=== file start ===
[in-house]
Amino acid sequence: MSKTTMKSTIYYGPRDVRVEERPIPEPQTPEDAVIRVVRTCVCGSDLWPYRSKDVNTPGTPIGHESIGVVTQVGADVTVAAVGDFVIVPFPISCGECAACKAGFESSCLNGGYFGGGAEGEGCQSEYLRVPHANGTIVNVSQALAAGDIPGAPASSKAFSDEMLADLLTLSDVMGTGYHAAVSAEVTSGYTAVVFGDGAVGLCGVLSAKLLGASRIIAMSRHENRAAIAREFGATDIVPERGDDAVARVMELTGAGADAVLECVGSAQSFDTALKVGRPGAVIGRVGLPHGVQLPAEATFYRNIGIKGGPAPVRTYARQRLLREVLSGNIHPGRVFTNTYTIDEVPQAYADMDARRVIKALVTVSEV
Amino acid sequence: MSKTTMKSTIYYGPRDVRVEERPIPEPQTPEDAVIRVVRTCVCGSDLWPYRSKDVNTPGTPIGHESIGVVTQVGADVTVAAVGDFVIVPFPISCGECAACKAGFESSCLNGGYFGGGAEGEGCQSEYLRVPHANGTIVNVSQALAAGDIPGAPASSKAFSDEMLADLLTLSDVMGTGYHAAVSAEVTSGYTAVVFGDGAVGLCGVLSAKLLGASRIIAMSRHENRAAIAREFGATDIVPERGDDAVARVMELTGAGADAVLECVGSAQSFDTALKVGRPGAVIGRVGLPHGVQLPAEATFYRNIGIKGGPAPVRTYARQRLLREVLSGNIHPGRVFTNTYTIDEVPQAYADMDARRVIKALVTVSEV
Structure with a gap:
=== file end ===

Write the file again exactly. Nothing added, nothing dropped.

[in-house]
Amino acid sequence: MSKTTMKSTIYYGPRDVRVEERPIPEPQTPEDAVIRVVRTCVCGSDLWPYRSKDVNTPGTPIGHESIGVVTQVGADVTVAAVGDFVIVPFPISCGECAACKAGFESSCLNGGYFGGGAEGEGCQSEYLRVPHANGTIVNVSQALAAGDIPGAPASSKAFSDEMLADLLTLSDVMGTGYHAAVSAEVTSGYTAVVFGDGAVGLCGVLSAKLLGASRIIAMSRHENRAAIAREFGATDIVPERGDDAVARVMELTGAGADAVLECVGSAQSFDTALKVGRPGAVIGRVGLPHGVQLPAEATFYRNIGIKGGPAPVRTYARQRLLREVLSGNIHPGRVFTNTYTIDEVPQAYADMDARRVIKALVTVSEV
Amino acid sequence: MSKTTMKSTIYYGPRDVRVEERPIPEPQTPEDAVIRVVRTCVCGSDLWPYRSKDVNTPGTPIGHESIGVVTQVGADVTVAAVGDFVIVPFPISCGECAACKAGFESSCLNGGYFGGGAEGEGCQSEYLRVPHANGTIVNVSQALAAGDIPGAPASSKAFSDEMLADLLTLSDVMGTGYHAAVSAEVTSGYTAVVFGDGAVGLCGVLSAKLLGASRIIAMSRHENRAAIAREFGATDIVPERGDDAVARVMELTGAGADAVLECVGSAQSFDTALKVGRPGAVIGRVGLPHGVQLPAEATFYRNIGIKGGPAPVRTYARQRLLREVLSGNIHPGRVFTNTYTIDEVPQAYADMDARRVIKALVTVSEV
Structure with a gap: